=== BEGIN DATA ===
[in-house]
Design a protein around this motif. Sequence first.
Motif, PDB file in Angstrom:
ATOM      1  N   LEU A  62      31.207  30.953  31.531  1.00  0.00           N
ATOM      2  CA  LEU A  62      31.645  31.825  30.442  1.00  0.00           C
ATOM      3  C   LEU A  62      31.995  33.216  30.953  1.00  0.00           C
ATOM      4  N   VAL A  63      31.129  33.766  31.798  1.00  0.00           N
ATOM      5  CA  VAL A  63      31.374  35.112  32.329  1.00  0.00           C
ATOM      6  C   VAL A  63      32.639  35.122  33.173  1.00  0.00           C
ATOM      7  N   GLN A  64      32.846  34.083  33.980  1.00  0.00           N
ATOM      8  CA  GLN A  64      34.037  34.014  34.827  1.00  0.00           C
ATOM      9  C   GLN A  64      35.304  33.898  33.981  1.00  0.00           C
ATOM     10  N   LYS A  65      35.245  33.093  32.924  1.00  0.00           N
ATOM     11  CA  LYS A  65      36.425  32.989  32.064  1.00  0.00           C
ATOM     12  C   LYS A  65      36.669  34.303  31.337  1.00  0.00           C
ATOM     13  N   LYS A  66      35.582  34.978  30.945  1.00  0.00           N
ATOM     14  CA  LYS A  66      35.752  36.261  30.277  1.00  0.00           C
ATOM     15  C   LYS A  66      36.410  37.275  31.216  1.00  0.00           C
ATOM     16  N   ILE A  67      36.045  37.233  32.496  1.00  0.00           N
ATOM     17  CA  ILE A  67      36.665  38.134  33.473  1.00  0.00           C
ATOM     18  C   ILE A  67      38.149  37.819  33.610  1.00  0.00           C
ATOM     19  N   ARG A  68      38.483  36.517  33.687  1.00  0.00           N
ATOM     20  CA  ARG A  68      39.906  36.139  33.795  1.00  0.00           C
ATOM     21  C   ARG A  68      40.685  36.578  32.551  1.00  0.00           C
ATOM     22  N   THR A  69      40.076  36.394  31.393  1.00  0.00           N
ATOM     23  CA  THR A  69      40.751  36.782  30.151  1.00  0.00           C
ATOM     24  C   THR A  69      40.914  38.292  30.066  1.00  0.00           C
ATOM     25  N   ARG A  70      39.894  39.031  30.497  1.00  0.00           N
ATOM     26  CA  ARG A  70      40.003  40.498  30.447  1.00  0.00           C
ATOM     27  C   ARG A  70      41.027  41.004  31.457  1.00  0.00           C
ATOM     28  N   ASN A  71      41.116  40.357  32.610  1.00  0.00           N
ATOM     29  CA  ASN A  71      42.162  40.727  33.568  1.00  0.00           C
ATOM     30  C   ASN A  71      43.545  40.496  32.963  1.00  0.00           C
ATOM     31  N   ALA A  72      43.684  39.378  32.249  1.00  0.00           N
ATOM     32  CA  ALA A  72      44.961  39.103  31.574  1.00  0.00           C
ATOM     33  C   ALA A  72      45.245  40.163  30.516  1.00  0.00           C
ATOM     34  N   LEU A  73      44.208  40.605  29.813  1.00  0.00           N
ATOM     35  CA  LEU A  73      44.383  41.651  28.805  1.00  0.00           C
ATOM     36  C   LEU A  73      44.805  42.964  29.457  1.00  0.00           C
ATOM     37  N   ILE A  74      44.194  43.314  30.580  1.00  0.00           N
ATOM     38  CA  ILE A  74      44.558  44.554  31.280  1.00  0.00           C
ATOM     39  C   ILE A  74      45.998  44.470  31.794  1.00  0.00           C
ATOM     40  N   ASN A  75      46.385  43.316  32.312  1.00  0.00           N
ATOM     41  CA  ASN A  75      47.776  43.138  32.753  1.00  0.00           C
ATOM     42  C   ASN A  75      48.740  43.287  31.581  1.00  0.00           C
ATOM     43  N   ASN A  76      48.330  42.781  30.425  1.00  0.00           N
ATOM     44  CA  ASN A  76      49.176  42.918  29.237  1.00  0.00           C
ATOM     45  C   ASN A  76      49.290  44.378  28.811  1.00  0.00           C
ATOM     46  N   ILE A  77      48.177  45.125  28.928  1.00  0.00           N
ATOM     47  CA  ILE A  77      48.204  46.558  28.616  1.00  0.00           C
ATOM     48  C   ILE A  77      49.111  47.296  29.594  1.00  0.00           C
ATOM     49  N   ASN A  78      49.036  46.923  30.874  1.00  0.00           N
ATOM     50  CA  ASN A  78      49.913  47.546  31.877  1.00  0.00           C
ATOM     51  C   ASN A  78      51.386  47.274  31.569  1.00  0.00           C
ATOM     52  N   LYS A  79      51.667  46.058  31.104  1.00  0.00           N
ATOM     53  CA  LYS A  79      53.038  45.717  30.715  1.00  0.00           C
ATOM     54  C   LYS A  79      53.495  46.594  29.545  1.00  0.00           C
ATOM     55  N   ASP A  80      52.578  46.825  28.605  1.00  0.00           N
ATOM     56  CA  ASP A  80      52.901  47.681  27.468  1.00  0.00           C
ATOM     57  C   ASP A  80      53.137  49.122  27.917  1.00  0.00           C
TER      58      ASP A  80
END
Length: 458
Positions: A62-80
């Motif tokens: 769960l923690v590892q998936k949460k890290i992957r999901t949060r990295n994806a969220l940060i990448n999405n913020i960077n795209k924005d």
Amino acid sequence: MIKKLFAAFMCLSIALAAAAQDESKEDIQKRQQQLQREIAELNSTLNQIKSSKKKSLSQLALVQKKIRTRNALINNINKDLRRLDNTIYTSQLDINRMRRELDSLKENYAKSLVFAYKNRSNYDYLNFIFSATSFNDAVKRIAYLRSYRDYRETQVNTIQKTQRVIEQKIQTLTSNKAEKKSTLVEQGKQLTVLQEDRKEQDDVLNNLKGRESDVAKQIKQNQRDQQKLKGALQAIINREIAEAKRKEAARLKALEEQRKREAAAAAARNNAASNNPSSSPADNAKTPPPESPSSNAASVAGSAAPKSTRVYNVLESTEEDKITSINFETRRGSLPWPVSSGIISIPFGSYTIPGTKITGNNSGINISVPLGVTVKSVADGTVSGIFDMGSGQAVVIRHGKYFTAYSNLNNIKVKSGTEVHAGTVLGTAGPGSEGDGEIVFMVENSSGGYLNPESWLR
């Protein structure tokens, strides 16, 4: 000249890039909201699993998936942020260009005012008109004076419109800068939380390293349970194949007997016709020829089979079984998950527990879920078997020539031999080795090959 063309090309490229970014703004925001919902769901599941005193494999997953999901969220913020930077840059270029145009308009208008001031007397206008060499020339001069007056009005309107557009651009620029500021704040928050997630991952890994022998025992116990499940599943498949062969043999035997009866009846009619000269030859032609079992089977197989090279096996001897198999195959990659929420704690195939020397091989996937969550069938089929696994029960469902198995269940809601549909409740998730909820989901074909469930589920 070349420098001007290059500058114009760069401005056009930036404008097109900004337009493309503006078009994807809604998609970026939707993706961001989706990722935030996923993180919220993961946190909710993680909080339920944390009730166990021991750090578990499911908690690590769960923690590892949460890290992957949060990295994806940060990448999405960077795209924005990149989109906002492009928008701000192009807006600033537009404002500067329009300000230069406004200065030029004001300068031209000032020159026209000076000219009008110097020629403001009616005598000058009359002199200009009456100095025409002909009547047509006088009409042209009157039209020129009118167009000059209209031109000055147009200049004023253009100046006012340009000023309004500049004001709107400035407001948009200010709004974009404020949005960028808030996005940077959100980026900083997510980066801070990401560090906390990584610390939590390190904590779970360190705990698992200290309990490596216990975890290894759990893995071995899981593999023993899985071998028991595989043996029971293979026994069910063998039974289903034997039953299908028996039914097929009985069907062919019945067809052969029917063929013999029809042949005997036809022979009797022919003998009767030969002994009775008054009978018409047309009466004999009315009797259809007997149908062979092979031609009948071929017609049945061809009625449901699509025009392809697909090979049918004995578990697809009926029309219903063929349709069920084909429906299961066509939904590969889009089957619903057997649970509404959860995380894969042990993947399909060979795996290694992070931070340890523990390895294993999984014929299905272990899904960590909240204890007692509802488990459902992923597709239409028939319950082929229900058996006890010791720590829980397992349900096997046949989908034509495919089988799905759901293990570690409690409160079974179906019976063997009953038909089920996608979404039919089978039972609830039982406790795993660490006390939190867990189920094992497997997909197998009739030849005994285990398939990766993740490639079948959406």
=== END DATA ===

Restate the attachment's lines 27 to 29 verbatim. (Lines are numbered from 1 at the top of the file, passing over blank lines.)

ATOM     24  C   THR A  69      40.914  38.292  30.066  1.00  0.00           C
ATOM     25  N   ARG A  70      39.894  39.031  30.497  1.00  0.00           N
ATOM     26  CA  ARG A  70      40.003  40.498  30.447  1.00  0.00           C